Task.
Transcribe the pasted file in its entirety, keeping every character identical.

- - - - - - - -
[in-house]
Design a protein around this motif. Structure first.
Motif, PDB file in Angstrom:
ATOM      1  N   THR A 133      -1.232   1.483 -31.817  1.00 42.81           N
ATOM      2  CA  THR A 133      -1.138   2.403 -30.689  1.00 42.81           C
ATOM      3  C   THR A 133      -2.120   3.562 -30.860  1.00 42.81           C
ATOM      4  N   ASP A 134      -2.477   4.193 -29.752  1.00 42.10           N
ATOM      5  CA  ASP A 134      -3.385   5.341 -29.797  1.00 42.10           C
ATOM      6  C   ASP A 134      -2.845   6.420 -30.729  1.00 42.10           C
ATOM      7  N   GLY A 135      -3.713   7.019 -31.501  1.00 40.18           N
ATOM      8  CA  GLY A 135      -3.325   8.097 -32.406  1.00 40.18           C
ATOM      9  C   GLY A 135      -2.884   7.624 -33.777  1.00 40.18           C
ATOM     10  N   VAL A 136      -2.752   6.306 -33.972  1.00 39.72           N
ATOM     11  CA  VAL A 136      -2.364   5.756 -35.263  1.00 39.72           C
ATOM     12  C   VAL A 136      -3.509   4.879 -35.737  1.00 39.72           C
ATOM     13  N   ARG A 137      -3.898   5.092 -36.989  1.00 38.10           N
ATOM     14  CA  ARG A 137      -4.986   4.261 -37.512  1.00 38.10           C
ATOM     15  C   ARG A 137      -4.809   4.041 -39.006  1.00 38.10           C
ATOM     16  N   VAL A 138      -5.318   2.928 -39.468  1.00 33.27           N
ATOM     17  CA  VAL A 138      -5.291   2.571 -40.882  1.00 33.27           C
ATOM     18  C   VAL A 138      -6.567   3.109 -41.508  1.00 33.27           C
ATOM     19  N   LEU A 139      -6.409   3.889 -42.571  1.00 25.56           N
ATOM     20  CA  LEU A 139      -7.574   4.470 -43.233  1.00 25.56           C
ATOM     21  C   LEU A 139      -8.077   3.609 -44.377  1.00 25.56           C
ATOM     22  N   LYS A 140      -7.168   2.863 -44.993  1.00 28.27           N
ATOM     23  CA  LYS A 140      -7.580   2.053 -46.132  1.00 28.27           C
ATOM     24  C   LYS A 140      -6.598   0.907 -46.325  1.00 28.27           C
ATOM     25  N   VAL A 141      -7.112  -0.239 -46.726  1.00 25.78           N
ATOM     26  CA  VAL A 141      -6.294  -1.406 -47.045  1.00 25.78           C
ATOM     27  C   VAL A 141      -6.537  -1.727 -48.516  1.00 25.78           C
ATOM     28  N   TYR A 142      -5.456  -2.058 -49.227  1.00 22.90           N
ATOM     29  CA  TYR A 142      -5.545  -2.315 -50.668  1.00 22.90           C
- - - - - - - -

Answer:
[in-house]
Design a protein around this motif. Structure first.
Motif, PDB file in Angstrom:
ATOM      1  N   THR A 133      -1.232   1.483 -31.817  1.00 42.81           N
ATOM      2  CA  THR A 133      -1.138   2.403 -30.689  1.00 42.81           C
ATOM      3  C   THR A 133      -2.120   3.562 -30.860  1.00 42.81           C
ATOM      4  N   ASP A 134      -2.477   4.193 -29.752  1.00 42.10           N
ATOM      5  CA  ASP A 134      -3.385   5.341 -29.797  1.00 42.10           C
ATOM      6  C   ASP A 134      -2.845   6.420 -30.729  1.00 42.10           C
ATOM      7  N   GLY A 135      -3.713   7.019 -31.501  1.00 40.18           N
ATOM      8  CA  GLY A 135      -3.325   8.097 -32.406  1.00 40.18           C
ATOM      9  C   GLY A 135      -2.884   7.624 -33.777  1.00 40.18           C
ATOM     10  N   VAL A 136      -2.752   6.306 -33.972  1.00 39.72           N
ATOM     11  CA  VAL A 136      -2.364   5.756 -35.263  1.00 39.72           C
ATOM     12  C   VAL A 136      -3.509   4.879 -35.737  1.00 39.72           C
ATOM     13  N   ARG A 137      -3.898   5.092 -36.989  1.00 38.10           N
ATOM     14  CA  ARG A 137      -4.986   4.261 -37.512  1.00 38.10           C
ATOM     15  C   ARG A 137      -4.809   4.041 -39.006  1.00 38.10           C
ATOM     16  N   VAL A 138      -5.318   2.928 -39.468  1.00 33.27           N
ATOM     17  CA  VAL A 138      -5.291   2.571 -40.882  1.00 33.27           C
ATOM     18  C   VAL A 138      -6.567   3.109 -41.508  1.00 33.27           C
ATOM     19  N   LEU A 139      -6.409   3.889 -42.571  1.00 25.56           N
ATOM     20  CA  LEU A 139      -7.574   4.470 -43.233  1.00 25.56           C
ATOM     21  C   LEU A 139      -8.077   3.609 -44.377  1.00 25.56           C
ATOM     22  N   LYS A 140      -7.168   2.863 -44.993  1.00 28.27           N
ATOM     23  CA  LYS A 140      -7.580   2.053 -46.132  1.00 28.27           C
ATOM     24  C   LYS A 140      -6.598   0.907 -46.325  1.00 28.27           C
ATOM     25  N   VAL A 141      -7.112  -0.239 -46.726  1.00 25.78           N
ATOM     26  CA  VAL A 141      -6.294  -1.406 -47.045  1.00 25.78           C
ATOM     27  C   VAL A 141      -6.537  -1.727 -48.516  1.00 25.78           C
ATOM     28  N   TYR A 142      -5.456  -2.058 -49.227  1.00 22.90           N
ATOM     29  CA  TYR A 142      -5.545  -2.315 -50.668  1.00 22.90           C